Gradual Exposure to Peanuts May Help Some Allergic Kids
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THURSDAY, Jan. 30, 2014 (HealthDay News) -- For children and teens with peanut allergies, a new type of treatment might be a step closer to becoming a reality, according to a preliminary study from England.
The treatment, known as oral immunotherapy, involves eating small amounts of peanut protein, gradually increasing the amount in hopes of building up a tolerance to peanuts.
After six months of immunotherapy, 84 percent to 91 percent of children in the study could safely eat about five peanuts a day -- about 25 times more than they could tolerate before the therapy, the researchers found.
"Oral immunotherapy has once again shown promise that it may eventually be a treatment for food allergy," said Dr. Matthew Greenhawt, author of an editorial accompanying the study, which was published in the Jan. 30 issue of the journal The Lancet. "But it is still far from being ready for use outside of a research setting.
"There is much work to be done to thoroughly investigate the potential -- both good and bad -- of what oral immunotherapy can achieve," added Greenhawt, an assistant professor at the University of Michigan Food Allergy Center. "But study results like these are encouraging that we may be able to develop a future treatment for food allergy."
Greenhawt said there still are a lot of unknowns, including why this therapy works, which patients will benefit most and what the long-term side effects might be.
Dr. Gloria Riefkohl, a pediatrician at Miami Children's Hospital, echoed Greenhawt's comments.
"I think this is an interesting concept that needs further study," she said. "It's not going to work for all the patients we are seeing. And I don't think it's ready for use in the general population."
Right now, children with peanut allergies are prescribed epinephrine in the form of an injectable measured dose called an epinephrine pen, or EpiPen, which they carry with them at all times, Riefkohl said. Epinephrine is able to quickly counter anaphylaxis, a life-threatening allergic reaction.
Riefkohl said the new, experimental therapy isn't going to cure a peanut allergy or let these children indulge in a peanut butter sandwich. "What we are trying to decrease is the exposure that usually occurs accidentally and causes difficulty breathing or a rash or tickling in the mouth," she said.
For the study, a team lead by Dr. Andrew Clark, of Cambridge University Hospitals, randomly assigned 99 children, aged 7 to 16 years, with varying degrees of peanut allergy to one of two groups. The first group received 26 weeks of oral immunotherapy; the second group avoided peanuts or peanut-containing foods altogether. Avoidance is the current treatment for peanut allergy, the researchers said.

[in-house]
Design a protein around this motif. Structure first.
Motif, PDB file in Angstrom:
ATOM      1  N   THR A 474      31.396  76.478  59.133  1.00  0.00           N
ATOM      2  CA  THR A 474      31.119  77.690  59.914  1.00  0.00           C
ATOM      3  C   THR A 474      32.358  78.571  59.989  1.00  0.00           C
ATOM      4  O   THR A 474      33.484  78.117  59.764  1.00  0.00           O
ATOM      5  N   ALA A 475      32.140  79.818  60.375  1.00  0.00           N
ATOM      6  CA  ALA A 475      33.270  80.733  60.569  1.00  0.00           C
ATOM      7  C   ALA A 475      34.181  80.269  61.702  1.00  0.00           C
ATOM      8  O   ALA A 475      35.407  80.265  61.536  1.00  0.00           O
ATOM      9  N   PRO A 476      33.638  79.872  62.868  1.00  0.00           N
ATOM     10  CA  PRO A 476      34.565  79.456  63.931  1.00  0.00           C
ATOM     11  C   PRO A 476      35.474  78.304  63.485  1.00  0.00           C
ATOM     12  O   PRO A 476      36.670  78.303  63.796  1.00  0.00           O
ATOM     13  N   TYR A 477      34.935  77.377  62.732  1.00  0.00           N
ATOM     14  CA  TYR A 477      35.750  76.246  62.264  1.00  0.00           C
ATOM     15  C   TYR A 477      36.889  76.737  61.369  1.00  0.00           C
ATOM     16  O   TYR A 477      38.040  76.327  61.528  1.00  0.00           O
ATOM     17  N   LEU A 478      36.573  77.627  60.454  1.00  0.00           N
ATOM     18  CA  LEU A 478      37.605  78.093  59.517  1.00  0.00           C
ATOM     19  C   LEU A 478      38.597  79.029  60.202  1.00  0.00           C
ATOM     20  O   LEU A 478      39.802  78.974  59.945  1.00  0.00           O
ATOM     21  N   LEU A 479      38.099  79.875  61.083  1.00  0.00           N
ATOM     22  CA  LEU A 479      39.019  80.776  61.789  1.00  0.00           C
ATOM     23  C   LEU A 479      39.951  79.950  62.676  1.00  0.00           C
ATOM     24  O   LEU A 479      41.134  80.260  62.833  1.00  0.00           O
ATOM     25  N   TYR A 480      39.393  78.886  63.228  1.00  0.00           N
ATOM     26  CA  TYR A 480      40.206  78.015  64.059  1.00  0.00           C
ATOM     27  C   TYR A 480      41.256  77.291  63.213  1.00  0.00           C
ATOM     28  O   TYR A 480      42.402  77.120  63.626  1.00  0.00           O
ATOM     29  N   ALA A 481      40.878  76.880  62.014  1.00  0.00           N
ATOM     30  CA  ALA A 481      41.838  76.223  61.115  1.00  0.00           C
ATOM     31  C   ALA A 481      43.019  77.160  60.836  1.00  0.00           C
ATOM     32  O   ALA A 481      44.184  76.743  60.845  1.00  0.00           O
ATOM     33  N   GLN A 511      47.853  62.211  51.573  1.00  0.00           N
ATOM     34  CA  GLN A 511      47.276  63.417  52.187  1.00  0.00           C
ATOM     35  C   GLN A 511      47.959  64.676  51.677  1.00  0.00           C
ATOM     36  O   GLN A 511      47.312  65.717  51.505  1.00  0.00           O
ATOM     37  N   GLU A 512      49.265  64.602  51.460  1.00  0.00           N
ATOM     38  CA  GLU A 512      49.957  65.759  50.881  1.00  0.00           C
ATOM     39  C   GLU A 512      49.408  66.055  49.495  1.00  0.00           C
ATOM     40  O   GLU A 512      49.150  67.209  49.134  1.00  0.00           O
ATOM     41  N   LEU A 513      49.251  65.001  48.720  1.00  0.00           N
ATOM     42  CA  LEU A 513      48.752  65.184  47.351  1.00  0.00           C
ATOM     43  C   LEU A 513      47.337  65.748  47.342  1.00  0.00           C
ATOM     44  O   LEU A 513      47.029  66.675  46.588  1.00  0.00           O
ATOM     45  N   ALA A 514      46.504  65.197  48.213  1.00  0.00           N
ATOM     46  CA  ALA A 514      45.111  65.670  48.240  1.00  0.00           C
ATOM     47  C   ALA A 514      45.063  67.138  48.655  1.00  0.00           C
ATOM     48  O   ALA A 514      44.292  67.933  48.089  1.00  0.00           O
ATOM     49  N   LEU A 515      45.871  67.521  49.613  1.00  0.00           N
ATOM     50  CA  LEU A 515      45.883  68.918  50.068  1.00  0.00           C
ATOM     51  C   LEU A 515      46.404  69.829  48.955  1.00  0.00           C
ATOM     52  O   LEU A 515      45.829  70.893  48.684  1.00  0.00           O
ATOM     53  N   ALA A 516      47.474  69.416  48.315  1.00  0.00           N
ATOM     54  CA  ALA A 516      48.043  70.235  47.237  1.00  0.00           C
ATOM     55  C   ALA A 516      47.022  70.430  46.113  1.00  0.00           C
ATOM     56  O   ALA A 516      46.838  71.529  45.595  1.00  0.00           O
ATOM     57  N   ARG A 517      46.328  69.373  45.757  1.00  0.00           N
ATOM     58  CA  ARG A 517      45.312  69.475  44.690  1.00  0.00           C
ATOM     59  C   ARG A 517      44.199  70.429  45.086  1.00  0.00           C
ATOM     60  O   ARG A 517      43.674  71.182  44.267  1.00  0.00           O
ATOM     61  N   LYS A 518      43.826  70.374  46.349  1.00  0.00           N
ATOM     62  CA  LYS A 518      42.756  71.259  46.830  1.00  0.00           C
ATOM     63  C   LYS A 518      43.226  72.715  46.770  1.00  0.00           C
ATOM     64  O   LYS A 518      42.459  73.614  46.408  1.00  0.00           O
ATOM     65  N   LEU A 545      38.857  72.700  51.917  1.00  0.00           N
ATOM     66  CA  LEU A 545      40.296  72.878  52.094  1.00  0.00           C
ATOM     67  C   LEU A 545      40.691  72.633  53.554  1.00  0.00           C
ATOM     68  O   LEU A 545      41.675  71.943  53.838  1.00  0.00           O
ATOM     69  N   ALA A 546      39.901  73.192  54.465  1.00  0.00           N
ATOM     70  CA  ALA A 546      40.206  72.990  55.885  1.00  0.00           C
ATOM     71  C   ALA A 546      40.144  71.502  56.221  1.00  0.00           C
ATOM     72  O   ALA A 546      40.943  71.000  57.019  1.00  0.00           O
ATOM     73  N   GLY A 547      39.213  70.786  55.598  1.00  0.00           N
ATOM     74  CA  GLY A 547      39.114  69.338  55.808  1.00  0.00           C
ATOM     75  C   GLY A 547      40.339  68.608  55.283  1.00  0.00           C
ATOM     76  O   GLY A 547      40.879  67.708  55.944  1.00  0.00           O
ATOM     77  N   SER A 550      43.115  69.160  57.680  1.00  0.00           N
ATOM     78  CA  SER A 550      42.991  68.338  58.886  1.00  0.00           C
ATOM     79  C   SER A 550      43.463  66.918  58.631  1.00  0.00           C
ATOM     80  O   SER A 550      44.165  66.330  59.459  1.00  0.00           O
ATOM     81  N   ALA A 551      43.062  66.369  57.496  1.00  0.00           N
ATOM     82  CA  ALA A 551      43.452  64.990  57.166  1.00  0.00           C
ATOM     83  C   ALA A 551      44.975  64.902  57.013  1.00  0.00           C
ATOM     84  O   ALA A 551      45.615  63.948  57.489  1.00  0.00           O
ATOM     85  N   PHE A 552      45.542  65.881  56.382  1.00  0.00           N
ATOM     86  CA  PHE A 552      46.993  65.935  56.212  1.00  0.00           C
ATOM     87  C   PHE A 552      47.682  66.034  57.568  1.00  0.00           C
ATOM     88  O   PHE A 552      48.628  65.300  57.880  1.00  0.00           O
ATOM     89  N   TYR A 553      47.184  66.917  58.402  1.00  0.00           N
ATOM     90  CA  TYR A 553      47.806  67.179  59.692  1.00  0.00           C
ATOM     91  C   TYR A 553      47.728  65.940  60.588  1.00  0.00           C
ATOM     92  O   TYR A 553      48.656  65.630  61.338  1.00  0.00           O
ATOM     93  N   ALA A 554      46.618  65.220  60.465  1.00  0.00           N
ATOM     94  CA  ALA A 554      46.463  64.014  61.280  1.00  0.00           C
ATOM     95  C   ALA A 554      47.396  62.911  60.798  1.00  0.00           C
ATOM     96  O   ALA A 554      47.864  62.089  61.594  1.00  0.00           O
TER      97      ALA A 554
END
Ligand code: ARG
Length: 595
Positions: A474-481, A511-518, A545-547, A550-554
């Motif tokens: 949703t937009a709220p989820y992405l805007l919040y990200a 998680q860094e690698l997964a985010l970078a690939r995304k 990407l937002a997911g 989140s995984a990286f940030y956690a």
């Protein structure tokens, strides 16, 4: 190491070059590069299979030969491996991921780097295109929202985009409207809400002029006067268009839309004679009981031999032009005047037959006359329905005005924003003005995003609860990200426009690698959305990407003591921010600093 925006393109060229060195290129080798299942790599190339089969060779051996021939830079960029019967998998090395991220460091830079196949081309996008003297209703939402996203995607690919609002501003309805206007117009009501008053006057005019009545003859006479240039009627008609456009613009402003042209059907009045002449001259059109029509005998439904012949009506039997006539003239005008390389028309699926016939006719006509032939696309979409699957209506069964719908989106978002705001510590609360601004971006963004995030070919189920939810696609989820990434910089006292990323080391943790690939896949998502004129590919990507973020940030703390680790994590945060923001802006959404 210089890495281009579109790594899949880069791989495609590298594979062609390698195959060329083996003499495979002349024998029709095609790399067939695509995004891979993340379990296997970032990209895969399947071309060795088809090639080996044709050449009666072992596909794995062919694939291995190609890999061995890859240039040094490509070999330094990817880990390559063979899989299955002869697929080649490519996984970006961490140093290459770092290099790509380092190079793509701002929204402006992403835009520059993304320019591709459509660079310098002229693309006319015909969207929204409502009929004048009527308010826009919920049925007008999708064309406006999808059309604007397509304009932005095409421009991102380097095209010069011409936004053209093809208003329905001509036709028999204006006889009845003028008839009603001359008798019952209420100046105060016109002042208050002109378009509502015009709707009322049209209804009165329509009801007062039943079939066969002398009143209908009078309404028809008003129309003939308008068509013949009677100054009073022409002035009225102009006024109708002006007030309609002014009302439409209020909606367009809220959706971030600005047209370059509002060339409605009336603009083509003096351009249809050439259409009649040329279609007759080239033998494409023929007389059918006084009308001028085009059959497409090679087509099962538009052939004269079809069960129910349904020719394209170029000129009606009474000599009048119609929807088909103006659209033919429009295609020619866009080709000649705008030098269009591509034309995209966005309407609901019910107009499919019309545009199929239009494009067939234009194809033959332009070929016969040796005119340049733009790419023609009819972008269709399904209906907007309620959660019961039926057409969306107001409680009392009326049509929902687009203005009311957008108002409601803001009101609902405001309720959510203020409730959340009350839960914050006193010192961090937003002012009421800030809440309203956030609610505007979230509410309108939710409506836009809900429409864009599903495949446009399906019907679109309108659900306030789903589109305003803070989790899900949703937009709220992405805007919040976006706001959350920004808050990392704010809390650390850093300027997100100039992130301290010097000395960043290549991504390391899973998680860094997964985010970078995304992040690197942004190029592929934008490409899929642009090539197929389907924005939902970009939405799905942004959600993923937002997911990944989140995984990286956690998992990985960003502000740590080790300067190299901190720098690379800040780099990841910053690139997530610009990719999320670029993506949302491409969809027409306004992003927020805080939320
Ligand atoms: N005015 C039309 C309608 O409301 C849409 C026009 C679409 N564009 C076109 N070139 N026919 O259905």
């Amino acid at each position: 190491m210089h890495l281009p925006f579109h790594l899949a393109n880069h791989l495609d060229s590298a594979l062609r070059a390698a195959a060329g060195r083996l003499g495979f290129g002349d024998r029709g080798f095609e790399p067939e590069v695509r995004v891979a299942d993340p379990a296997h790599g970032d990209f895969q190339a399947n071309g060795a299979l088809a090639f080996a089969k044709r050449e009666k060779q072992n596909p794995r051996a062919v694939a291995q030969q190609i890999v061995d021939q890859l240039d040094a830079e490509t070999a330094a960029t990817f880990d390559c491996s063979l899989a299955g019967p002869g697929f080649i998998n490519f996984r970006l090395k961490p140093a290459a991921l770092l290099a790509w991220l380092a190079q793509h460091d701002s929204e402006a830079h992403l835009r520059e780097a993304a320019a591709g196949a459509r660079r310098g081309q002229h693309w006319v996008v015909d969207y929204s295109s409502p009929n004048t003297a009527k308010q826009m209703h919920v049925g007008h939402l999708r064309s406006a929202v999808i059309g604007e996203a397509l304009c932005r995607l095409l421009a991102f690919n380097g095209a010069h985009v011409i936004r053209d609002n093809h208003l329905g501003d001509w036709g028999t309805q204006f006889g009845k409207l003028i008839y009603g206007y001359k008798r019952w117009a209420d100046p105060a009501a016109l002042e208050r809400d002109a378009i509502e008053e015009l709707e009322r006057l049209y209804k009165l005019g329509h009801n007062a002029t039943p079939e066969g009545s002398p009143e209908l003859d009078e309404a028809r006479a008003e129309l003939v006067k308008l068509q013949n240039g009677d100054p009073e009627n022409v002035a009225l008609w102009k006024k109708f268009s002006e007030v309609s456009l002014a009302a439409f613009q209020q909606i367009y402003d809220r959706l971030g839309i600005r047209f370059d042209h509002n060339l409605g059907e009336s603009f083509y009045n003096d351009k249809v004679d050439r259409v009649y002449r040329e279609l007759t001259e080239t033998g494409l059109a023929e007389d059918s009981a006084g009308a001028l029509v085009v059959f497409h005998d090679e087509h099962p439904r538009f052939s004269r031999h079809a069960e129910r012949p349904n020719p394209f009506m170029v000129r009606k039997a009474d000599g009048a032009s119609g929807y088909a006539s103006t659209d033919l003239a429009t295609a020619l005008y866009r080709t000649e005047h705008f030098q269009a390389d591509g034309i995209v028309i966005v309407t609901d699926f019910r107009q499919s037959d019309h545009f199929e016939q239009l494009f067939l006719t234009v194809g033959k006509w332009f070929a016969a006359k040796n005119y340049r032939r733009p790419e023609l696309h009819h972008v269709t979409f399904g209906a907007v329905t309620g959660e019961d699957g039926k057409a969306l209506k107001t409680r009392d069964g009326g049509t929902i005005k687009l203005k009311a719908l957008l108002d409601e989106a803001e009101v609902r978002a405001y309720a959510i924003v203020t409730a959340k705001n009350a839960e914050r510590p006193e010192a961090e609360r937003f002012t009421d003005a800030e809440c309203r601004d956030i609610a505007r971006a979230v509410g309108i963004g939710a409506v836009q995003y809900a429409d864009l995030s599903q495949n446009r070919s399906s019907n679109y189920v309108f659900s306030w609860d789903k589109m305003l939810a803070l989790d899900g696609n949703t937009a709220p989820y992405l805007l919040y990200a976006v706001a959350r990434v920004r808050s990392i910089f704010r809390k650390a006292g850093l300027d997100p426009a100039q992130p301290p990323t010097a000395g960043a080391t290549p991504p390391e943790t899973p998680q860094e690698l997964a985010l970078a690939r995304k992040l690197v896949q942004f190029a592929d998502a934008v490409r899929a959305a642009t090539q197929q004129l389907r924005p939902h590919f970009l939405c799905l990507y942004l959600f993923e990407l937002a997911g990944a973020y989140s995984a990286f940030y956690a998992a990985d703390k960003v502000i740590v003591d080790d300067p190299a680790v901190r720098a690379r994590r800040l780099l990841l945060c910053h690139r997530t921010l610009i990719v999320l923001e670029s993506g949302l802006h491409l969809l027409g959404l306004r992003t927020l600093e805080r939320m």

After six months, 24 of 39 children who received immunotherapy in the first phase were able to tolerate a daily dose of roughly 10 peanuts, compared with none of the kids in the avoidance group.
In the second phase of the trial, children assigned to avoidance were offered 26 weeks of immunotherapy followed by a final food challenge.
After the second phase, 54 percent of these children passed the challenge.
About one-fifth of the kids who had immunotherapy had some mild reactions to peanuts, including nausea, vomiting, itching in the mouth, hives and wheezing, the study found. One child needed epinephrine to quell a severe reaction, and that child withdrew from the study, the researchers said.
"This treatment allowed children with all severities of peanut allergy to eat large quantities of peanuts -- well above the levels found in contaminated snacks and meals -- freeing them and their parents from the fear of a potentially life-threatening allergic reaction," Clark said in a journal news release. "The families involved in this study say it has changed their lives dramatically."
Study co-author Dr. Pamela Ewan, head of the allergy department at Cambridge University Hospitals, cautioned parents, however. "[Oral immunotherapy] is not a treatment people should try on their own and should only be done by medical professionals in specialist settings," she said.
Peanut allergy is the most common cause of food-related severe and life-threatening allergic reactions, according to background information included in the study.
SOURCES: Matthew Greenhawt, M.D., assistant professor, University of Michigan Food Allergy Center, Ann Arbor; Gloria Riefkohl, M.D., pediatrician, Miami Children's Hospital, Florida; The Lancet, news release, Jan. 29, 2014; The Lancet online, Jan. 30, 2014